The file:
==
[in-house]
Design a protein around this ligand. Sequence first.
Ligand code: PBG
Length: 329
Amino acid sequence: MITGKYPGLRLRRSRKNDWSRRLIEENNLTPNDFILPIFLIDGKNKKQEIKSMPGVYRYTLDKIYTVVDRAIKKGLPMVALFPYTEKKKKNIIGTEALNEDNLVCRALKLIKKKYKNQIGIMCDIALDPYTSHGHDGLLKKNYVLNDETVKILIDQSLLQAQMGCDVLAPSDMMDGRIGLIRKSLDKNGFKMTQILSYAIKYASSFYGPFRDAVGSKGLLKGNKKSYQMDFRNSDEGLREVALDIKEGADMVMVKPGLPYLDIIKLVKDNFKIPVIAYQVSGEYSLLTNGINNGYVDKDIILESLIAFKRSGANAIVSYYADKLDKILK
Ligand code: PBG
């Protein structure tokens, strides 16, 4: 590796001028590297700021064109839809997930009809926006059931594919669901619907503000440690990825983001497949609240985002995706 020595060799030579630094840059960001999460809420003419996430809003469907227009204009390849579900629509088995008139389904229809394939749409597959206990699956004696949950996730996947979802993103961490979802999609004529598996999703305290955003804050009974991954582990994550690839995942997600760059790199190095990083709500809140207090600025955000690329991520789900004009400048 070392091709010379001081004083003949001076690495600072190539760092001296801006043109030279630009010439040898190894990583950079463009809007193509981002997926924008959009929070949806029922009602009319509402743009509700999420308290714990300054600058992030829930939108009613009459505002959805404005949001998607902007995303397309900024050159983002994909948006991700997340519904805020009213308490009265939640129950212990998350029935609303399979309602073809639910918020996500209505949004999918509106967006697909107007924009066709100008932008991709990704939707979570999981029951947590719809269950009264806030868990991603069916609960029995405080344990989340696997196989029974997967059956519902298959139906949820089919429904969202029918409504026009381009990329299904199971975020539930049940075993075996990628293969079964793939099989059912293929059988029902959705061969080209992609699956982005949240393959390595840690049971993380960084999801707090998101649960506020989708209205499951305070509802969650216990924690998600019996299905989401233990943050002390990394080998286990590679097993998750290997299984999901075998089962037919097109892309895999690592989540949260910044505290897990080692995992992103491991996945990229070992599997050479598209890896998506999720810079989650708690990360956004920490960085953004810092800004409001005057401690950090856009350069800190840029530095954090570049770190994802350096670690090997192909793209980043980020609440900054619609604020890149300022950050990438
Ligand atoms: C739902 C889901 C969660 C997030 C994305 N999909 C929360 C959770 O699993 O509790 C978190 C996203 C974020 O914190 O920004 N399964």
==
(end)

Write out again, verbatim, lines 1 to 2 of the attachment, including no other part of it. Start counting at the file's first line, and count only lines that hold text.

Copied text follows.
[in-house]
Design a protein around this ligand. Sequence first.